Several states in the country including Karnataka, Kerala, Andhra Pradesh, Maharashtra, Madhya Pradesh, Nagaland, Sikkim, Mizoram and Uttarakhand have initiated policies to support ecological farming. North eastern states have taken more pro-active roles. Sikkim, Nagaland, and Mizoram have decided to go completely organic.  But the Central Government continues to push the high external input chemical intensive model of farming, which is evident from the new NBS policy and the decision to push intensive agriculture models in the eastern states under RKVY.


Pursuing an agenda to ensure healthy soils and sustainable Agriculture production Greenpeace has been making the following demands


   1. Create an alternate subsidy system that promotes ecological farming and use of organic soil amendments.
   2. Shift the irrational subsidy policy for synthetic fertilisers to sustainable ecological practices in agriculture.
   3. Re-focus scientific research on ecological alternatives, to identify agro-ecological practices that ensure future food security under a changing climate.                                          


1. A concept note on Living soil (

2. A briefing paper on Nutrient Based Subsidy (NBS) system (
Notes to Editor

1. In 2009, during the budget speech, Union Finance Minister expressed concerns over the declining response of agricultural productivity to increased fertilizer usage and initiated a reform. Union Finance Minister’s budget speech can be accessed at (Refer para. 34 in this page for his statement on fertilizer subsidies)

2. Nutrient Based Subsidy (NBS)

The newly introduced subsidy system for chemical fertilizers, made effective from 1 April 2010. As per the Government it was devised to address the issue of soil degradation due to indiscriminate fertilizer use. However it proved to be old wine in new bottle as it continues to support chemical fertilizers only with no support for organic fertilization. A short summary of Greenpeace policy brief on NBS is enclosed. Full version can be accessed at

3. Rashtriya Krishi Vikas Yojans (RKVY)

Concerned by the slow growth in the Agriculture and allied sectors, the National Development Council (NDC), in its meeting held on 29th May, 2007 resolved that a special Additional Central Assistance Scheme (RKVY) be launched. One of the components of RKVY is soil health management. More details about RKVY at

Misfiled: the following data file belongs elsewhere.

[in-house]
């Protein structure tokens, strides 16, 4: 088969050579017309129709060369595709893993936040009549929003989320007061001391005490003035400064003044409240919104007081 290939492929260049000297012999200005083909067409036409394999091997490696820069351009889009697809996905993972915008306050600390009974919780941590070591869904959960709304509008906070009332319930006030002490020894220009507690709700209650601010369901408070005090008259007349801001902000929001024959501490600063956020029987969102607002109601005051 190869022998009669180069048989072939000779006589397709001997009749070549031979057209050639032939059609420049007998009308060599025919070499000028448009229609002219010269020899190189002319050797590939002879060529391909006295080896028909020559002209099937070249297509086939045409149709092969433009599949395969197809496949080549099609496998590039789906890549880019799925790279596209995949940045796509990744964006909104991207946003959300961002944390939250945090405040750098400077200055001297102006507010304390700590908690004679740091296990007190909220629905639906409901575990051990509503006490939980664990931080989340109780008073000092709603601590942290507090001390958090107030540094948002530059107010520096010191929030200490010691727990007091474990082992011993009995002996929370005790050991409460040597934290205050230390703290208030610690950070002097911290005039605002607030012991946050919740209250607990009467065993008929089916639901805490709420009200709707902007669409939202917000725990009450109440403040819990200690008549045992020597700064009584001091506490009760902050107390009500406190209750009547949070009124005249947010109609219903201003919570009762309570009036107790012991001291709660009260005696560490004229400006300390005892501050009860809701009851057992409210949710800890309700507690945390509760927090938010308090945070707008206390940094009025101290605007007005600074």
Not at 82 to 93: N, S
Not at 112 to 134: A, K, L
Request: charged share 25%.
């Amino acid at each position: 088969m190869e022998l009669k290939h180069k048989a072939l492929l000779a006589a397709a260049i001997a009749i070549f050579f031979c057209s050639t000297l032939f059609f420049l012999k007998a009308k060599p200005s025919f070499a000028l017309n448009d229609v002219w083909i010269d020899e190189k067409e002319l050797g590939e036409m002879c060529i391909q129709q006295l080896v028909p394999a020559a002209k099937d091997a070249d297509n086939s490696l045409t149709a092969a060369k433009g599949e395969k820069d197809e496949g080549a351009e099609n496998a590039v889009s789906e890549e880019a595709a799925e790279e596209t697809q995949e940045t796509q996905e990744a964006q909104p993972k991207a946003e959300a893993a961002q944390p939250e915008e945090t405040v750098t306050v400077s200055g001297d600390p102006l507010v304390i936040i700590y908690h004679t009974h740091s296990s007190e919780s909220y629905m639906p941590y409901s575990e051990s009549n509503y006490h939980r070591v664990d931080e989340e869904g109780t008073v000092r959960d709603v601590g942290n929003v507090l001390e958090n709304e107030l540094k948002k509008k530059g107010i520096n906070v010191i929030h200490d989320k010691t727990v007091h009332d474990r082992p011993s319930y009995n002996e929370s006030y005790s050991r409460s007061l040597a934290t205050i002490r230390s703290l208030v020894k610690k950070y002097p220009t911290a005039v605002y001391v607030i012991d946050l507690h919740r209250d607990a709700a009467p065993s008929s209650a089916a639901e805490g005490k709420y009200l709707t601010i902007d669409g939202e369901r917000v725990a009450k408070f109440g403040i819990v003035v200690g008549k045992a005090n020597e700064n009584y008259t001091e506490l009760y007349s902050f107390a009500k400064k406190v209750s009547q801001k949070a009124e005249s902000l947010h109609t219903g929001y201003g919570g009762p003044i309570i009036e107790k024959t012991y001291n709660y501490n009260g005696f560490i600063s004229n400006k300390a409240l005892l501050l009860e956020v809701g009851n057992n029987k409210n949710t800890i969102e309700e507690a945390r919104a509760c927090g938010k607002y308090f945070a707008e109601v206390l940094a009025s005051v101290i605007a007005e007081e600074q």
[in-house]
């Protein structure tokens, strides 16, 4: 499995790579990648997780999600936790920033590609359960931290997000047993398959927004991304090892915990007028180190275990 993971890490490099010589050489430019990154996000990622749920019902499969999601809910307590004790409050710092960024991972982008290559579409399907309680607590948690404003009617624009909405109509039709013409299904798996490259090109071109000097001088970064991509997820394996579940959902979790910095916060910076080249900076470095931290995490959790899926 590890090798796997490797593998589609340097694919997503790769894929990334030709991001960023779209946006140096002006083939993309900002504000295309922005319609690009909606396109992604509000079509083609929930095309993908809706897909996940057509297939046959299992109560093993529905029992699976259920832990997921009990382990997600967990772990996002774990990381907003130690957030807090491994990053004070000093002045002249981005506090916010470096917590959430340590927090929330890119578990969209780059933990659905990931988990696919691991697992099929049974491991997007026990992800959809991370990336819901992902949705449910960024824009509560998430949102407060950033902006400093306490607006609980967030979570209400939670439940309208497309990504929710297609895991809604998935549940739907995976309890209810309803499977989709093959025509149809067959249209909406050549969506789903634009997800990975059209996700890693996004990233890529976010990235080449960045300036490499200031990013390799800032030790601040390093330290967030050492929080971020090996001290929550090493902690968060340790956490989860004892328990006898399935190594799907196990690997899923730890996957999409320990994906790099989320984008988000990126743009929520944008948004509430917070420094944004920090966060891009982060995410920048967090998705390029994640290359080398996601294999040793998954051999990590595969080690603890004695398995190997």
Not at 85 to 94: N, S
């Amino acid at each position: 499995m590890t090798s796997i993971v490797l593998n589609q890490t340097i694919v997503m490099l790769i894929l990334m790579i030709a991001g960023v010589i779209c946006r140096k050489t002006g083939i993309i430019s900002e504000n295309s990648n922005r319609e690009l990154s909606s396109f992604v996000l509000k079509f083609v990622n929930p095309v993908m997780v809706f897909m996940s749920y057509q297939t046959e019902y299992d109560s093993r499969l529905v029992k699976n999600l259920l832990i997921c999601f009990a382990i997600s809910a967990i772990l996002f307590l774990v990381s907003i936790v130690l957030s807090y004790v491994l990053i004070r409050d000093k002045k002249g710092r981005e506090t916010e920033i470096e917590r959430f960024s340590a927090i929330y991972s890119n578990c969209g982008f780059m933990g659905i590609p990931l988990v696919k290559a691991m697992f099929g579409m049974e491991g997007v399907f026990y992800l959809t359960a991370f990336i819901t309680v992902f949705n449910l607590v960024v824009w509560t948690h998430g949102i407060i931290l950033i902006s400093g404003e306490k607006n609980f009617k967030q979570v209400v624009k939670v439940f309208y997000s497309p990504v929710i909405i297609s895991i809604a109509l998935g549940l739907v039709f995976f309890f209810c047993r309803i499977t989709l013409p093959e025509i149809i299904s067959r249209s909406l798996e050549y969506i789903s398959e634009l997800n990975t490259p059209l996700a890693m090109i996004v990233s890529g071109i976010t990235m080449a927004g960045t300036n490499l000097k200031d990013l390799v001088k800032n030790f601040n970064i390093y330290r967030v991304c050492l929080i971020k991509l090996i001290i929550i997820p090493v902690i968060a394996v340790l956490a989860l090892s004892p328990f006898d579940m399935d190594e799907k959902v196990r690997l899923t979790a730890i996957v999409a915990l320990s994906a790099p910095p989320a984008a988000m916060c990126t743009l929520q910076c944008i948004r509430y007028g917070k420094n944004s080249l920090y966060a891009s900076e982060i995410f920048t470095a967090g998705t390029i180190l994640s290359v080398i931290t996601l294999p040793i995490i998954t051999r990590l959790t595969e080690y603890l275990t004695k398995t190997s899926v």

4. Subsidising Food Crisis - A Greenpeace India report on impact of chemical fertilizer subsidies on environment (soil and climate) can be accessed at:

5. Production of synthetic nitrogen fertiliser is a very energy intensive process, and requires large amounts of fossil fuel energy, and hence emits Green House Gases. Application of Nitrogen fertilizers in the fields releases N2O. The concern over N2O emissions arises from its long atmospheric life (166 ± 16 years) and its higher global warming potential (296 times that of CO2).

6. Chemical fertilisers in our water - A recent study by Greenpeace India in the Malwa region of Punjab which has shown that drinking water was heavily contaminated with nitrates. 20 percent of all sampled wells had nitrate levels above the safety limit of 50 mg per litre as established by the World Health Organisation (WHO). The report can be accessed at:

7. Ecological fertilization includes a wide array of eco-friendly practices that nourishes soil and facilitates the natural cycles within the soil ecosystem. Fertilization using Farm Yard manure, Green leaf manure, biofertilizers, compost etc forms part of this model. In addition to this there are several practices developed by farmers through years of observation and on farm experimentation.
Vision, video, photos, report information

* Gopikrishna SR, Sustainable Agriculture Campaigner, Greenpeace India. Mob: +91 9900897341, email: * Prarthana Banikya, Greenpeace India, Mob: +91 7399105251